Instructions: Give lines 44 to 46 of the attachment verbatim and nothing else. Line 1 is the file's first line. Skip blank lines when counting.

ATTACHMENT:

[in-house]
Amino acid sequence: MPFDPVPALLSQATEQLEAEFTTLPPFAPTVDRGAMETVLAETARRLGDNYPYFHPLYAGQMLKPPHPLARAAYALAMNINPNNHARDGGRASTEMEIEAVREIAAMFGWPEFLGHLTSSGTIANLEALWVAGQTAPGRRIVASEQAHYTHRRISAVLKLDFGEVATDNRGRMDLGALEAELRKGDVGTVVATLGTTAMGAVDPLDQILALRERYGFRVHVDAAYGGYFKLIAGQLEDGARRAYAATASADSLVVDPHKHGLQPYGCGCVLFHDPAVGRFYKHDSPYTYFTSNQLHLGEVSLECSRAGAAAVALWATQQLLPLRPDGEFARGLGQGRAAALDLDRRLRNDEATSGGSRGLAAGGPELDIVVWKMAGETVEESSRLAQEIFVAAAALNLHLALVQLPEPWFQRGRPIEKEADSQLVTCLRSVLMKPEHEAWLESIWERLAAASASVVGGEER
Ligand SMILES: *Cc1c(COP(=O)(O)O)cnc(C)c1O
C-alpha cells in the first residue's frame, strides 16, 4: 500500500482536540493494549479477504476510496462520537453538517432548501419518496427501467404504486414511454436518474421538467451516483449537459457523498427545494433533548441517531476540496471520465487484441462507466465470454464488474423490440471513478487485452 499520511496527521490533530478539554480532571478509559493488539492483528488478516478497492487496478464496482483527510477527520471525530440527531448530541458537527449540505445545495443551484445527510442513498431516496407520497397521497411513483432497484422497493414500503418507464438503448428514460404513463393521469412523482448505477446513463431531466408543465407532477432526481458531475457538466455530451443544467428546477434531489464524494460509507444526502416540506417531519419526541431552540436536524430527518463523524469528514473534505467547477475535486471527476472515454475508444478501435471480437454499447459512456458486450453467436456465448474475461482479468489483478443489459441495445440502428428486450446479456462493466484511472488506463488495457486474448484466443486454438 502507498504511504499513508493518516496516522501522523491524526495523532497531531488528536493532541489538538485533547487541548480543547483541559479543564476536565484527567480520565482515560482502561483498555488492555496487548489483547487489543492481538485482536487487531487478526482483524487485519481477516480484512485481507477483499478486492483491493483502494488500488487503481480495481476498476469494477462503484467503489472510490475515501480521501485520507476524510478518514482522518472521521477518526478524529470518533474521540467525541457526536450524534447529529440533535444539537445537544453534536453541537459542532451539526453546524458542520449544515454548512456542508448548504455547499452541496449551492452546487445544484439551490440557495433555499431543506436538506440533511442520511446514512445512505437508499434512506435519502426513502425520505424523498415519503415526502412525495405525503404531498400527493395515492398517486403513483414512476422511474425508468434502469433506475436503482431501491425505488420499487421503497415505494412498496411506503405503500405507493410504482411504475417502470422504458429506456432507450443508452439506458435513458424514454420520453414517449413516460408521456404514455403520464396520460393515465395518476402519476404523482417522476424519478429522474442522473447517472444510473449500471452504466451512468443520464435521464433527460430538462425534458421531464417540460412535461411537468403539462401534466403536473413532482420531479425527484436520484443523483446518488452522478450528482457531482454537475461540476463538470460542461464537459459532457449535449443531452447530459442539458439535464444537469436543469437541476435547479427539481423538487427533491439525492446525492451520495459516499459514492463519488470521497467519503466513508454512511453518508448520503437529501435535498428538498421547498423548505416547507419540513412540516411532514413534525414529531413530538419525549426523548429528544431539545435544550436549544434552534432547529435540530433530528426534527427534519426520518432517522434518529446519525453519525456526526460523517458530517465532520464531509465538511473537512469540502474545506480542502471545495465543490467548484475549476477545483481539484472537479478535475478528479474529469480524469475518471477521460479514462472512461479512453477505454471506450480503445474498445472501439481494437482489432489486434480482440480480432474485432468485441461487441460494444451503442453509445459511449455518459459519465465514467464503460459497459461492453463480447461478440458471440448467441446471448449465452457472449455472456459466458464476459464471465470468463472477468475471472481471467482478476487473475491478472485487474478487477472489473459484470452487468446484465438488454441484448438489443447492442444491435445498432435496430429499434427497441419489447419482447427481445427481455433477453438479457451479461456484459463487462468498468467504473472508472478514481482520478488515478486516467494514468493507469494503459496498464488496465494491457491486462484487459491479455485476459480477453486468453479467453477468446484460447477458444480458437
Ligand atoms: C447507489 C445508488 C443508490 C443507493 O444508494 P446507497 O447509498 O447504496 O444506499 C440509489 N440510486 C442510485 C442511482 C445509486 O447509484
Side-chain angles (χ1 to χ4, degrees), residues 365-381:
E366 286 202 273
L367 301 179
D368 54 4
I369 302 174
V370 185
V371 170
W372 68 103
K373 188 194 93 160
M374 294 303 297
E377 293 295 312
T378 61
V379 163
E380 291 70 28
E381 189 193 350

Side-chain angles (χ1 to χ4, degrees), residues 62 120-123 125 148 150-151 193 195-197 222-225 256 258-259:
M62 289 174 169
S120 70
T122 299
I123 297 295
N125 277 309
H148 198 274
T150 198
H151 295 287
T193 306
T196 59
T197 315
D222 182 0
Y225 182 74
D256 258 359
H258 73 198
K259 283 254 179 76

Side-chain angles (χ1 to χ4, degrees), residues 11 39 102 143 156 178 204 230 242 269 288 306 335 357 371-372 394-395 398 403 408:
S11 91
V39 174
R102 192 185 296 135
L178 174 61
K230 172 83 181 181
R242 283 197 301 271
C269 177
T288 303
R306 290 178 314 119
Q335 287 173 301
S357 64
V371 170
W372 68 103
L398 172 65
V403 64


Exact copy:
R242 283 197 301 271
C269 177
T288 303